The DELF (Diplôme d’étude en langue française) is an official language examination for non-native speakers of French
The DELF B2 is adapted to upper-intermediate and advanced students of French
The exam will assess your language level based on the four skills: reading, writing, listening, and speaking. Here is a description of the different parts of the test, along with resources to help you prepare for it.
1. READING COMPREHENSION – 1 hour / 25 points
You’ll have to study two documents and to answer various questions to test your comprehension. One text will be informative, such as a news brief or an article about some aspects of francophone culture. The other text will be on a controversial topic.
The best way to prepare for the reading part of DELF is to work on a variety of materials. Regular reading of French novels, newspapers and magazines will help you improve your comprehension of grammar structures and vocabulary.
2. WRITTEN EXPRESSION – 1 hour / 25 points
You’ll be given a document such as a letter, article, or review and you’ll be asked to give your personal opinion in approximately 250 words. Be sure to read the document very carefully and make sure that you understand the task given to you. Consider your intended audience: there’s a difference between writing a letter of complaint and a movie critique, for instance. Think about what you should say in your introduction, the different points you want to make, and how to draw a good conclusion.
Keeping a journal or writing short stories are great ways to improve your knowledge of French grammar structures and vocabulary. If you write a little bit every day, you’ll soon find that it gets easier. You could write about the following topics:
- Personal experiences (vacation memories, meeting your best friend…)
- Book reviews / movie reviews
- Letters to the editor
You can train your French writing skills on these websites:
Le Point du FLE – Writing academic texts in French
Les travaux d’écriture – French writing exercises on various topics.
3. LISTENING COMPREHENSION – 30 minutes / 25 points
You’ll listen to two different French recordings:
- A short one (2-3 minutes, played once), typically an interview or piece of news, along with a multiple-choice questionnaire.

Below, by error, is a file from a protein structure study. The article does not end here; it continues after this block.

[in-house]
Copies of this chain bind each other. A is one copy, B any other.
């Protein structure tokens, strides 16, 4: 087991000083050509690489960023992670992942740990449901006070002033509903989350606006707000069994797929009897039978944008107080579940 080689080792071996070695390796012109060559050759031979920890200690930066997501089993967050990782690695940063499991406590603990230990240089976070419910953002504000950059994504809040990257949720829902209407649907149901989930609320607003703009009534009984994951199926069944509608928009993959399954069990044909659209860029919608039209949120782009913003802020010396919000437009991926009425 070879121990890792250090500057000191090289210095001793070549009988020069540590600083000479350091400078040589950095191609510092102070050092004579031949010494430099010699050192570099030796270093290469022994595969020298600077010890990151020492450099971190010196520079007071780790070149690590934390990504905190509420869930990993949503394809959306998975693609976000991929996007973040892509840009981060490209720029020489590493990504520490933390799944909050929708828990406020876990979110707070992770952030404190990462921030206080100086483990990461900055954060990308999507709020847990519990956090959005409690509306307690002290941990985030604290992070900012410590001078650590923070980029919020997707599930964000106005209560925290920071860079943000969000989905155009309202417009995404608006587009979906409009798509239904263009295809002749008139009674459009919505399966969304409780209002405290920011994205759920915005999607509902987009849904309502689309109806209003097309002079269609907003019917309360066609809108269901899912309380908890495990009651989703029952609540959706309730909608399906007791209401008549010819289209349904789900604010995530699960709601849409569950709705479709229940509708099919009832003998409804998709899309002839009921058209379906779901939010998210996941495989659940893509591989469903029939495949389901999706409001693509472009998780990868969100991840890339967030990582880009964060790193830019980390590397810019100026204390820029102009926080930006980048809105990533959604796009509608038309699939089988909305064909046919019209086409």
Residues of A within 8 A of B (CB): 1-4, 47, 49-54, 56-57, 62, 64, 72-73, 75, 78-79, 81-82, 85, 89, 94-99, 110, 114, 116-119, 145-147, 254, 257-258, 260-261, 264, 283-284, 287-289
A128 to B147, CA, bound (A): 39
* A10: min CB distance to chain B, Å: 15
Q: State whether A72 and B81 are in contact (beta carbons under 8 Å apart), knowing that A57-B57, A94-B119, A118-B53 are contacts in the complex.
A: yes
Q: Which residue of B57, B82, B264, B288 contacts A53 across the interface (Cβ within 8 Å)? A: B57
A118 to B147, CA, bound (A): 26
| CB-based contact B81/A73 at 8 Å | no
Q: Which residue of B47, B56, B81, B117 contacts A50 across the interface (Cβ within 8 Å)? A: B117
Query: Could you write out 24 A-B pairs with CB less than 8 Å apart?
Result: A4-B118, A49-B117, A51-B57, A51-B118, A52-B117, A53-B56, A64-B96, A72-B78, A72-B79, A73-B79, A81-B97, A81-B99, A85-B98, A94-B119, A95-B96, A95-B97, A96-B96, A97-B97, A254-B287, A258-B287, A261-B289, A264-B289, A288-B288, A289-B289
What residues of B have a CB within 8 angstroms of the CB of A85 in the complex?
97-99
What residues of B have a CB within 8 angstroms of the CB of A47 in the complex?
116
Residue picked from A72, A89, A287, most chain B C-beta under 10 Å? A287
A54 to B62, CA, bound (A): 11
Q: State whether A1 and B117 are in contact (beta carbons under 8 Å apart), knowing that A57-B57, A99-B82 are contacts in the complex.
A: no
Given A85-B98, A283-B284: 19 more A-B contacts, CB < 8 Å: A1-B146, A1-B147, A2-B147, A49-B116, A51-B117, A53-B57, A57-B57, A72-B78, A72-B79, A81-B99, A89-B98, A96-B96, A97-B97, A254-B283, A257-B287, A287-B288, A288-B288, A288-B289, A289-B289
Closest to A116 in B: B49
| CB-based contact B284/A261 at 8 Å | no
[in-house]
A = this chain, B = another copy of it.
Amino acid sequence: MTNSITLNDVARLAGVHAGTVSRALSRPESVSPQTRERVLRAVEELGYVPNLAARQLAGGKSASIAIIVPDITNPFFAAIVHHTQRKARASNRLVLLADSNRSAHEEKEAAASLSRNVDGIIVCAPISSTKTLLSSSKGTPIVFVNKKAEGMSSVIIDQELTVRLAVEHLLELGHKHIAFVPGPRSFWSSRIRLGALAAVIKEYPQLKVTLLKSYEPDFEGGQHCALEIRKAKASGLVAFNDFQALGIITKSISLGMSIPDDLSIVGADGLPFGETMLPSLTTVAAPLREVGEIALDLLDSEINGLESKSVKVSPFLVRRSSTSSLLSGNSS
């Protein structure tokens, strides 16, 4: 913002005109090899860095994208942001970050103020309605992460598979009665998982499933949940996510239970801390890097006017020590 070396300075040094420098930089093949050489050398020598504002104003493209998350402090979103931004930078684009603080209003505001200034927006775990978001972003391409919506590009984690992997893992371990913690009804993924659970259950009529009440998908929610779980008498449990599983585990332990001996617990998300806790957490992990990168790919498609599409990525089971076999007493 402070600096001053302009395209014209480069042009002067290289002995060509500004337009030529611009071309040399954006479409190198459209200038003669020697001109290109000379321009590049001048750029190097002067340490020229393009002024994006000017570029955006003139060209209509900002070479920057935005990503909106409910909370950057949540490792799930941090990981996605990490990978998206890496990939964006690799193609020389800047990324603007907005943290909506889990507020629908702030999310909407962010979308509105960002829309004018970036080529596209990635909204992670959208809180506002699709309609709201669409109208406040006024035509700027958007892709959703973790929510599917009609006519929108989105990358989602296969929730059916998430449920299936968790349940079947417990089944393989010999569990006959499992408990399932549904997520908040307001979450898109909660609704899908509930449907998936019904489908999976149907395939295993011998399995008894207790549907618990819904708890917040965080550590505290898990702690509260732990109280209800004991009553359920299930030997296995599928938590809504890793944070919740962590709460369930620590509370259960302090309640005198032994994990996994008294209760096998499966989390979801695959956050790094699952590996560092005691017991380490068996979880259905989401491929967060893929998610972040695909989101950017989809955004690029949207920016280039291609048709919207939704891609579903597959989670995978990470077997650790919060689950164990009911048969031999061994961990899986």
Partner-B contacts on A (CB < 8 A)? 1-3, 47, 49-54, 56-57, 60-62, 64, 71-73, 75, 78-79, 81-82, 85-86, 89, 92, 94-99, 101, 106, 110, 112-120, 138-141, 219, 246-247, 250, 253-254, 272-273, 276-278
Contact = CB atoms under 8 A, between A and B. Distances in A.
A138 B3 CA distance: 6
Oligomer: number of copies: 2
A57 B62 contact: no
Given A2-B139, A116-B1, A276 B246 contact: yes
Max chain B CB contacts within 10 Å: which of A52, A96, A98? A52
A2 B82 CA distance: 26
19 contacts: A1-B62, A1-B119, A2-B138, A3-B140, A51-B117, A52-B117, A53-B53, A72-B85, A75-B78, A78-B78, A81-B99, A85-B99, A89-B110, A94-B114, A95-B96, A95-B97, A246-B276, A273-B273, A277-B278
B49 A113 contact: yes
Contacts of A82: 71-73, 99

- A longer one (up to 8 minutes, played twice) speech, radio or TV show, documentary, etc., with multiple-choice and essay questions.
Take advantage of the short time you have to read over the questions so that you know what to listen for. Answer the questions accurately and don’t worry about writing in perfect French: you’ll be assessed more on comprehension than on expression.
You can and should practice for at least a few minutes every day: listen to the radio, watch TV and movies, talk to people. These two websites contain many audio and video documents:
ORAL EXPRESSION – 50 minutes / 25 points
You’ll have 30 minutes to prepare a 10-minute oral presentation based on a short document. Then you’ll discuss your presentation with two examiners for 10 minutes.
Read the document carefully. Think very carefully about what is being said and what are the implications. You can agree or disagree with the author but in any case, you will need to use short quotations from the text and examples from the news to support your point of view.
Obviously, you should practise with native speakers as much as possible – and preferably not the same two or three all the time. By speaking with a variety of people, you’ll become more comfortable with different speaking styles, speeds, and accents – which will improve your listening comprehension at the same time.
Official DELF B2 Sample Exams
You’ll find DELF sample exams, from level A1 to B2, provided with the transcript of the listening comprehension and the exam keys on the following websites: